Just let it die. Let the TPPA die. Not a dignified death, because it doesn’t deserve that. But at least let the corpse be buried in some deep hole, wrapped in the American flag, without the threat of being disinterred and shrouded in some surrogate garb.
Of course, Team TPPA isn’t about to let that happen. Their latest scheme is to bring the zombie agreement back to life, rebranded as the ‘TPP-5’. Only three of the five reported participants have been clearly identified. You guessed it – New Zealand, Australia and Japan. The other possibilities being mentioned are Singapore and Brunei Darussalam. Aside from Japan, this is hardly the big league.
That seems to be the main outcome from this week’s two-day meeting of chief negotiators from the TPPA-11 (12 minus the US) in Toronto. The officials were tasked at the previous trade ministers’ meeting in Chile in March with devising a rescue plan for them to consider when they meet on the margins of APEC in Hanoi from 20-21 May.
The Toronto meeting was shrouded in secrecy, yet again. Even the Canadian media couldn’t find out the venue. There is no possible excuse to continue this obsession, except to avoid public scrutiny and political accountability. Their claim that they couldn’t openly negotiate the TPPA because it required sensitive trade-offs no longer applies. They are simple trying to work out how to rescue the political capital and public funds they have invested over seven years of TPPA negotiations.
Reports of the meeting are confused and confusing, but it seems to have ended without any agreement. The most consistent story, emanating from Japan, suggest a majority of the TPPA-11 have reached the only tenable conclusion – there is no benefit to them from resurrecting a deal that was designed for and in effect by the US.
Some ASEAN countries seem wary that proceeding with the TPPA for the sake of it would send an unwelcome message to China, and restrict their new-found flexibility in the parallel negotiations for the Regional Comprehensive Economic Partnership (RCEP) currently taking place in Manila. Vietnam has no interest in decimating its access to affordable medicines and smashing its SOEs, as the TPPA required, without access to the US garment market. Chile and Peru are not interested either. Canada and Mexico are preoccupied with the pending renegotiation of the North American Free Trade Agreement (NAFTA).
That leaves New Zealand, Australia and Japan. According to Japanese media, the gang of three, which they hope to expand to five, plans to go ahead with the existing text. They would have to strip out the US’s annexes and schedules and bilateral side letters, draft new provisions for entry into force, and probably give it a different name. But they would keep the toxic elements on pharmaceuticals, investment, state-owned enterprises, among other policy issues, which they agreed to only reluctantly because the US said they were non-negotiable red lines.
There can be no pretence of a compelling economic rationale for a TPPA-5 when the projected costs are weighed against the benefits. That is especially so for New Zealand. Their main rationale – securing a free trade agreement with the US through the only possible path of a multi-country negotiations – has been stripped away. The downsides of the deal are as toxic as they always were, with no prospect they will be justified by substantive economic gains in return.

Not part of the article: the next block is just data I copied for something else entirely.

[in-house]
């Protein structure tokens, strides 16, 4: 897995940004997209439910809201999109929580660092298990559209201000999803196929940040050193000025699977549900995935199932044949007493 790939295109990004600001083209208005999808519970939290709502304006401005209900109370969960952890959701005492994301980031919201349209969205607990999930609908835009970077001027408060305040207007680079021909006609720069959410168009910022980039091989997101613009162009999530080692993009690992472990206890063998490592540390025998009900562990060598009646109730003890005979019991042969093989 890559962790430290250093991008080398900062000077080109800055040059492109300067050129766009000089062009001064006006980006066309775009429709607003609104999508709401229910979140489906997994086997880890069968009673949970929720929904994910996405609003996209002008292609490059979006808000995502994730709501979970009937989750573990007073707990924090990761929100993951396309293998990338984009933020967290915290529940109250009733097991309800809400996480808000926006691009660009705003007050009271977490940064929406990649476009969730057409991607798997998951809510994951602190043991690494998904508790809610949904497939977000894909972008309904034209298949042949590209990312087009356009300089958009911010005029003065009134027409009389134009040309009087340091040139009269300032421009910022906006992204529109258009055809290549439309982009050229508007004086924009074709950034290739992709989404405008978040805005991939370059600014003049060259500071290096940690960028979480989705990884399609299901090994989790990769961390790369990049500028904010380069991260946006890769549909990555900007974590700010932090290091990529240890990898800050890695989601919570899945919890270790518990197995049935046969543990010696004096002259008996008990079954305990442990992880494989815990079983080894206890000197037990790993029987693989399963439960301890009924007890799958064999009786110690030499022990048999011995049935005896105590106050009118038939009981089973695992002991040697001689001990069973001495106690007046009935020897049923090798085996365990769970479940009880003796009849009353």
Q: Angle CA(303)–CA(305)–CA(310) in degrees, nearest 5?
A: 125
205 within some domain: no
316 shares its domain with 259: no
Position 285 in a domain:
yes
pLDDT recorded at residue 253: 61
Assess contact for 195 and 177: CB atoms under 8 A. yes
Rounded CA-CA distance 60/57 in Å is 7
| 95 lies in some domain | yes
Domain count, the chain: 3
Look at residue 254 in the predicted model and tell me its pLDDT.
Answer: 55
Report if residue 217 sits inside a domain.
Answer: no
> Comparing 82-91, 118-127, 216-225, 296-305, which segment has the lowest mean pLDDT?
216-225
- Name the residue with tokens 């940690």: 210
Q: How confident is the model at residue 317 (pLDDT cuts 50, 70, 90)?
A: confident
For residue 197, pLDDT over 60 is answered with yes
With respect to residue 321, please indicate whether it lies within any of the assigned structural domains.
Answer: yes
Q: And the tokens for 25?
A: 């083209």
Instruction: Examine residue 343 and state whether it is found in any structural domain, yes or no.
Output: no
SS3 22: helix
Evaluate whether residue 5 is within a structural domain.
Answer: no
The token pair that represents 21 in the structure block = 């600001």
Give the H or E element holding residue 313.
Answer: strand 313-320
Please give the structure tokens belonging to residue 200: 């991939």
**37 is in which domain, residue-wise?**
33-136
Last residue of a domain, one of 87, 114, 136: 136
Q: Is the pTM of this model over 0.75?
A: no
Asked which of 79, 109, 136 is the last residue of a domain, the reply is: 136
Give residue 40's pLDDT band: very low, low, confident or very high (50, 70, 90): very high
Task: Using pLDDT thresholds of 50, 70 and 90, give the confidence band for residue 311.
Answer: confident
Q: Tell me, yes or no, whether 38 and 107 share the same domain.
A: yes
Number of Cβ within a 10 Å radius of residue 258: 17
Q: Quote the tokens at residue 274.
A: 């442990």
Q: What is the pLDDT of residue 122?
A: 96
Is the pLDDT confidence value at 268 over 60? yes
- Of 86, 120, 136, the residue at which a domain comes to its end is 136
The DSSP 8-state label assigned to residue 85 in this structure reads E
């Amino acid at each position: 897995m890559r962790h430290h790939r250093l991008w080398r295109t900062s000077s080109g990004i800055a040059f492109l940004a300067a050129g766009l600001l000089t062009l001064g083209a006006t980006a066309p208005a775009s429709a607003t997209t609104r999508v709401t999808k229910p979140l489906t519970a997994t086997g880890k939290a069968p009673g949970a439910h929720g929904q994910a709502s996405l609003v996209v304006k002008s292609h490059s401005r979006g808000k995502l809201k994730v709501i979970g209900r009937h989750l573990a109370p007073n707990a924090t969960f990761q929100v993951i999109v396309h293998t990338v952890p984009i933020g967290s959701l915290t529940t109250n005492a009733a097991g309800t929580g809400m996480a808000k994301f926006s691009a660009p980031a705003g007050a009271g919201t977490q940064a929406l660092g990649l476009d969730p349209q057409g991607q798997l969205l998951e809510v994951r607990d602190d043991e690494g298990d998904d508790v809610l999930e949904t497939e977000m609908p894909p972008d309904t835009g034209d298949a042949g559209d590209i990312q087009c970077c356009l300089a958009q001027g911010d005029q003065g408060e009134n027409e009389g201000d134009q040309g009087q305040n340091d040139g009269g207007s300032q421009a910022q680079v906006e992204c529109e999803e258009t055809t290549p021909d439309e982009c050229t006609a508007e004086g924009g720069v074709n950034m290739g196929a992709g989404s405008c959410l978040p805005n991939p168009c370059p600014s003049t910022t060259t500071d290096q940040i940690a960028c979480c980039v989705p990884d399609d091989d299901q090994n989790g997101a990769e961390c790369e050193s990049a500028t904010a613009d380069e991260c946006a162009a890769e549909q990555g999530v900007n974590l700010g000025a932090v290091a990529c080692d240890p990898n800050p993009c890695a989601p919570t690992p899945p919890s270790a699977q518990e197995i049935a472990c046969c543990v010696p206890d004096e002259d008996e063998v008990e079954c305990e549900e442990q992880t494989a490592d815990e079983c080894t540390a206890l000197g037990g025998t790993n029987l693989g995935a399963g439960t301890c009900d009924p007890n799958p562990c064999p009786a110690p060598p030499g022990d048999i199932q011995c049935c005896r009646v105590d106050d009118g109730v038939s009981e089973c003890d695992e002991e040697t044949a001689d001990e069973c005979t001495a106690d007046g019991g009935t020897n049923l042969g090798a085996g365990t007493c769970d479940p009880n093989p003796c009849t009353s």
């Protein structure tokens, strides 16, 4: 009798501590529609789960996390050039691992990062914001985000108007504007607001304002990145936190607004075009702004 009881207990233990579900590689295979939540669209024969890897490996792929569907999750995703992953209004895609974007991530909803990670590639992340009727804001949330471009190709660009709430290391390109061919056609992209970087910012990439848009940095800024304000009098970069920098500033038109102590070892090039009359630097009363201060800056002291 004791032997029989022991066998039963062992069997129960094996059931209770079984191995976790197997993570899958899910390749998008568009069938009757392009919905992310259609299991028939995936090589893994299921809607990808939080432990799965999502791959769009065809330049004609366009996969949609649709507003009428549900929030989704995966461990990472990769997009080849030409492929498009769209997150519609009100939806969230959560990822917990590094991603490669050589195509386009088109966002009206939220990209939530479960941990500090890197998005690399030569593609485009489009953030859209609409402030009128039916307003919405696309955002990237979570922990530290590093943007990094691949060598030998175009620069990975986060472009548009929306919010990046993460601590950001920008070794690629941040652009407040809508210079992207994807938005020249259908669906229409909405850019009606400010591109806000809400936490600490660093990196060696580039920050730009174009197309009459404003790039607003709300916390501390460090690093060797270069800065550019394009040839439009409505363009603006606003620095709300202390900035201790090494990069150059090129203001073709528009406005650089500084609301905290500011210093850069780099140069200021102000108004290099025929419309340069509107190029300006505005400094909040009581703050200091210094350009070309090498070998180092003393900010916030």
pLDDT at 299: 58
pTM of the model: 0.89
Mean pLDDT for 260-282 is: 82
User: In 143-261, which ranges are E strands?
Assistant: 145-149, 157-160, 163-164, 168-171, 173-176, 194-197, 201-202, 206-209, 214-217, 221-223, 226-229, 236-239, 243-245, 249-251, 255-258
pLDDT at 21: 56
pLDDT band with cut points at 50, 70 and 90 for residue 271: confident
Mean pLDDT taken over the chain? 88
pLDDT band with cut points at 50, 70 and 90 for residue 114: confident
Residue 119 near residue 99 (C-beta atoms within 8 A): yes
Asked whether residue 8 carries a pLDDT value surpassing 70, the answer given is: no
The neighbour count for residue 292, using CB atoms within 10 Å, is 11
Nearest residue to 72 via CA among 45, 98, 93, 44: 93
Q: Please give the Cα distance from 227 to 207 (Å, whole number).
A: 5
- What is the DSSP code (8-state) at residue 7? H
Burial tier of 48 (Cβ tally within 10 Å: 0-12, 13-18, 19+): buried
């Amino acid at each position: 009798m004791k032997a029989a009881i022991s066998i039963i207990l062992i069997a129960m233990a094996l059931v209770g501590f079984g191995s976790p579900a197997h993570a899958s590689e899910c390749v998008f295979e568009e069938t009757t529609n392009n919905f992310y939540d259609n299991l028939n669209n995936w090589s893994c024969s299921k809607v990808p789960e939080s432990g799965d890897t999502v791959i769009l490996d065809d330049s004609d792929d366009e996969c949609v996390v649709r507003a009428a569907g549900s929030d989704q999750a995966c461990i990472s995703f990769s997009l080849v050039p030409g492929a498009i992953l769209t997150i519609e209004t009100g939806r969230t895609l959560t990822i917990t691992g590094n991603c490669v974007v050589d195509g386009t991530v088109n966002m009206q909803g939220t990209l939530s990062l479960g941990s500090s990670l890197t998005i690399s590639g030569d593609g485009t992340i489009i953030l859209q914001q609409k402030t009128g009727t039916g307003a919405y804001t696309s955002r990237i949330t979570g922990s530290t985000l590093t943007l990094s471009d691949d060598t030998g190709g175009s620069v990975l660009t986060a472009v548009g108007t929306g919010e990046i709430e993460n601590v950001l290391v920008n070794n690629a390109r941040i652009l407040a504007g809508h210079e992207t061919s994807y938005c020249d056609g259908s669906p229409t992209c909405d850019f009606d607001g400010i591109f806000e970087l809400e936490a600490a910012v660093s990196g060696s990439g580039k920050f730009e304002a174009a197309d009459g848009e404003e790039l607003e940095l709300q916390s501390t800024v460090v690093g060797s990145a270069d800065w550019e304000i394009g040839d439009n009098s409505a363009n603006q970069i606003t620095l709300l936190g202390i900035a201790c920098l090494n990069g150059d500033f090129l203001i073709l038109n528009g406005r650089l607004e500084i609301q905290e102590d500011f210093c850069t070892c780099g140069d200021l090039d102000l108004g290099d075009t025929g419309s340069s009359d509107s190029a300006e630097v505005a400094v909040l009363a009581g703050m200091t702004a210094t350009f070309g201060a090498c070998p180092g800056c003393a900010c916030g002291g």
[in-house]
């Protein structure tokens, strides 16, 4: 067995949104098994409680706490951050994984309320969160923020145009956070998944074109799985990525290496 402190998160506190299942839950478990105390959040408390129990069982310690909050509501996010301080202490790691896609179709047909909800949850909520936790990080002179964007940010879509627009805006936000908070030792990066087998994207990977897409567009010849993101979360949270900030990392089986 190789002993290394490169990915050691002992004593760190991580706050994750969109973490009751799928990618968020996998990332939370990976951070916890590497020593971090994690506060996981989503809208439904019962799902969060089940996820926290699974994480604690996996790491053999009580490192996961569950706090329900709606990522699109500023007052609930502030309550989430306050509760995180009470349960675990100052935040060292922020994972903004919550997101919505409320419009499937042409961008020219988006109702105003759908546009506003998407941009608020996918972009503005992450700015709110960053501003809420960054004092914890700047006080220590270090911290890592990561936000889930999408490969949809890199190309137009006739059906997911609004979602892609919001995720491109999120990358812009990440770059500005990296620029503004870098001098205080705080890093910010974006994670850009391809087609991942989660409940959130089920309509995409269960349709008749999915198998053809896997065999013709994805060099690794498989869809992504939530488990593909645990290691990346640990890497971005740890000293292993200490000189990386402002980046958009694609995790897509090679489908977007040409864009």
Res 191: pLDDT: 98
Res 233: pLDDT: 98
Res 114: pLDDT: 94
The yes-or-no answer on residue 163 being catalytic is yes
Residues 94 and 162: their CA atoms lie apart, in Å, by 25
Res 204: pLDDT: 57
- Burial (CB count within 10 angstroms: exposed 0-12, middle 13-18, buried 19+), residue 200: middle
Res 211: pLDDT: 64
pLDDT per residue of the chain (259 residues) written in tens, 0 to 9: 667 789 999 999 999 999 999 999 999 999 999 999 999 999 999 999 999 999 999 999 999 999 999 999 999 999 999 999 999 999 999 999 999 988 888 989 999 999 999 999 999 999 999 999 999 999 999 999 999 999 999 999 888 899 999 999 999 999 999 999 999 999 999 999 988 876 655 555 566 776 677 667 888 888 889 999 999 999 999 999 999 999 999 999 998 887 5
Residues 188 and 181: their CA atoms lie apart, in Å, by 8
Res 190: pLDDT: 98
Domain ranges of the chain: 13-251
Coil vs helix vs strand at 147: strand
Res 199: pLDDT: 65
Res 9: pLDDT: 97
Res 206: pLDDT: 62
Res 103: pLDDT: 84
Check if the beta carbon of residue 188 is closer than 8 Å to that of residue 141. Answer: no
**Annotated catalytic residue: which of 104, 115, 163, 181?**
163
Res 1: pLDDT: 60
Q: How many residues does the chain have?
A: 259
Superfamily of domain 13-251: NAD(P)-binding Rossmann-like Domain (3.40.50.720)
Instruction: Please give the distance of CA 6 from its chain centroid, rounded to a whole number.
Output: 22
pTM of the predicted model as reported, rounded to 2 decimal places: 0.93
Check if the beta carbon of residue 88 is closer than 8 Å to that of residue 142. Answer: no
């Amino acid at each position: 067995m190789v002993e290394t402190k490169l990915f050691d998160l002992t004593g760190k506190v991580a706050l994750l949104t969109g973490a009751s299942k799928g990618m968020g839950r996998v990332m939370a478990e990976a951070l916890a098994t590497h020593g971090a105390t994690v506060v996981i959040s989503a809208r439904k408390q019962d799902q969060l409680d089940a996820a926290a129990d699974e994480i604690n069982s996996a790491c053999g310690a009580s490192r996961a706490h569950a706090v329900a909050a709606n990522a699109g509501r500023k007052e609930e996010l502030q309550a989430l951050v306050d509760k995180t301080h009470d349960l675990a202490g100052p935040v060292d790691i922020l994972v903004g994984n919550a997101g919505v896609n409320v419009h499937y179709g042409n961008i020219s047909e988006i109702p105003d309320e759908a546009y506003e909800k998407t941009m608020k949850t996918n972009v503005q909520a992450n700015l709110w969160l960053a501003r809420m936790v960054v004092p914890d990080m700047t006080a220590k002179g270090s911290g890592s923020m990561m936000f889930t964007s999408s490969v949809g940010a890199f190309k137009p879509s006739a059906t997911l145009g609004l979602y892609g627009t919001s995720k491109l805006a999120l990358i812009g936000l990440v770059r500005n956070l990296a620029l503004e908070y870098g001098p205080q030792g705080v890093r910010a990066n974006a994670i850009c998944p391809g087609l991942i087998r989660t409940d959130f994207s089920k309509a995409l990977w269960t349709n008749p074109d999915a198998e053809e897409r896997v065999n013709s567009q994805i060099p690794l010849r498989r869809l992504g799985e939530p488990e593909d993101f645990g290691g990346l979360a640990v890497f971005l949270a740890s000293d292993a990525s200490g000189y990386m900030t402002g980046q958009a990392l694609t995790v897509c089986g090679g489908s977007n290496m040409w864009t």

For New Zealand and Australia, keeping the TPPA alive is purely ideological so they can keep the ‘wobbly bicycle’ of liberalisation agreements moving forward. Japan’s motives are more complex, as the original agreement was an instrument to force internal restructuring, a counter-force to China and a way of building the Japan US relationship by adopting US corporate rules.
There are two weeks to the Hanoi meeting – two weeks in which to send an unequivocal message to Trade Minister Todd McClay that there is no democratic mandate to commit New Zealand to a TPPA-5 or any other rescue remedy. The National government got the implementing legislation through Parliament on a single vote, against the background of unprecedented protests and a massive number of submissions opposing the original TPPA. It was rejected by the major opposition parties, including Labour.
New Zealand is heading into a general election. National may not be the government in a few months’ time. McClay needs to confess what he and National are up to, what he has been advised, and what he plans to do in two weeks’ time in Hanoi.
The opposition parties then need to get off the fence. They can no longer pretend that the TPPA is off the electoral agenda. If they don’t nip in the bud the TPPA-5 or any other hair-brained scheme now, they could inherit a mess to which the only ethical response is to do a Trump and withdraw New Zealand from the process or the outcome. Heaven forbid that we would invoke that precedent!
So, it’s time to stop this nonsense now, for the party faithful to get Labour, the Greens, New Zealand First, Maori Party and Mana to make enough noise to make McClay back off, and for the voters to make it clear to all the political parties that support for a zombie TPPA is a vote breaker for them.